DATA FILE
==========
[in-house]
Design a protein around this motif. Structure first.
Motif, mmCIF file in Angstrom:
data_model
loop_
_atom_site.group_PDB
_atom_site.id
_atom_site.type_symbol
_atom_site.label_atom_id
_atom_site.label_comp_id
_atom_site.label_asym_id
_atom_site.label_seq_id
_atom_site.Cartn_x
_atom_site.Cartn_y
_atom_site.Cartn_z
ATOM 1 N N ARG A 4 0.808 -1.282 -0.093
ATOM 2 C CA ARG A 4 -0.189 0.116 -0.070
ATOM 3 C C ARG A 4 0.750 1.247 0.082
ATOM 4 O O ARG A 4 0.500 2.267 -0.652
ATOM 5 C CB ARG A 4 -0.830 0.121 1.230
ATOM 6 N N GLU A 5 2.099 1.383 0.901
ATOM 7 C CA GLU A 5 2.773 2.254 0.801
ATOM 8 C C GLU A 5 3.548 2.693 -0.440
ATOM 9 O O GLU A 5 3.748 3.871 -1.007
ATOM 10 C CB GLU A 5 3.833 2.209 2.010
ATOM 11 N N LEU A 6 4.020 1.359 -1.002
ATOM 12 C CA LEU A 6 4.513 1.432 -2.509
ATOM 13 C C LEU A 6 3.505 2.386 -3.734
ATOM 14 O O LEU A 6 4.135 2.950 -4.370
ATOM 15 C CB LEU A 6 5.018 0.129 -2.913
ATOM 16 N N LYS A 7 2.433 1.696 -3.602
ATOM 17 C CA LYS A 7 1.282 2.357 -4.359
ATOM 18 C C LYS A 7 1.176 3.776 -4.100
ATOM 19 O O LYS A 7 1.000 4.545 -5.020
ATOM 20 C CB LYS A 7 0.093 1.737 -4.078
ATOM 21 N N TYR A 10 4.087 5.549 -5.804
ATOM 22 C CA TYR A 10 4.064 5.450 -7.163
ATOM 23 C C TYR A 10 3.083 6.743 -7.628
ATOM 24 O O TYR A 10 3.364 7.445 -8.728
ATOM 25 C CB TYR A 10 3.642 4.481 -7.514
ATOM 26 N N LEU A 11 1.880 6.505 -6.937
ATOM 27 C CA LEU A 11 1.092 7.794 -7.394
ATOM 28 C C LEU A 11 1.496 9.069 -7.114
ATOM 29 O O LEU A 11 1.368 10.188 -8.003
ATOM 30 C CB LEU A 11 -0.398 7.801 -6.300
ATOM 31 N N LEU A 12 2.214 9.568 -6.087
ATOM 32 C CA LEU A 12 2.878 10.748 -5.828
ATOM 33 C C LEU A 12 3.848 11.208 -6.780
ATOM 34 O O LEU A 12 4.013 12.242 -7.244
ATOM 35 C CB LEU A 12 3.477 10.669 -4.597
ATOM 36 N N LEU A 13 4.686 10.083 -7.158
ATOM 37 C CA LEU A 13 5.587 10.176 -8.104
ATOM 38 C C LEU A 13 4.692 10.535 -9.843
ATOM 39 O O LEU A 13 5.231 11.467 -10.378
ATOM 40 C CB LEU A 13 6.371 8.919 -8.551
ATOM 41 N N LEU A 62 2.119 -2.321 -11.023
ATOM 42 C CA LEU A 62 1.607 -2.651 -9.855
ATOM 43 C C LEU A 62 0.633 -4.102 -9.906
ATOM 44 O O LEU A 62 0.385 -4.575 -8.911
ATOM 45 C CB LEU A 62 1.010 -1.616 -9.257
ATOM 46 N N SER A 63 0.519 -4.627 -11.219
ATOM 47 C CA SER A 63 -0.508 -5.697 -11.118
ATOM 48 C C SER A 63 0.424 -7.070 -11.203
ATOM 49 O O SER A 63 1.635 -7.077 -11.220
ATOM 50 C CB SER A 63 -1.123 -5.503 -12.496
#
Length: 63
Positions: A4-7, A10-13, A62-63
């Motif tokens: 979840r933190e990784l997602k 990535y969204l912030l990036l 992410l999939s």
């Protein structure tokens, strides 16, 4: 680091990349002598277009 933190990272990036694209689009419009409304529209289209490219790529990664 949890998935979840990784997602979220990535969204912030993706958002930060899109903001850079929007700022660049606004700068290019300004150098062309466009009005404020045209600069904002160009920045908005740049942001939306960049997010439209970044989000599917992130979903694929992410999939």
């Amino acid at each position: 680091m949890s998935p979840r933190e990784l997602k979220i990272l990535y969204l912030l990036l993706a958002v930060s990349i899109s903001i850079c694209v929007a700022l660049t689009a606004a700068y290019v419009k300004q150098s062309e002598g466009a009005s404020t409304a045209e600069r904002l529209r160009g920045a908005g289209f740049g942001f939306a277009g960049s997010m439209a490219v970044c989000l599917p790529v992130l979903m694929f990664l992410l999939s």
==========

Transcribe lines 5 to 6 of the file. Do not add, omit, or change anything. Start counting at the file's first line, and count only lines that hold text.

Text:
loop_
_atom_site.group_PDB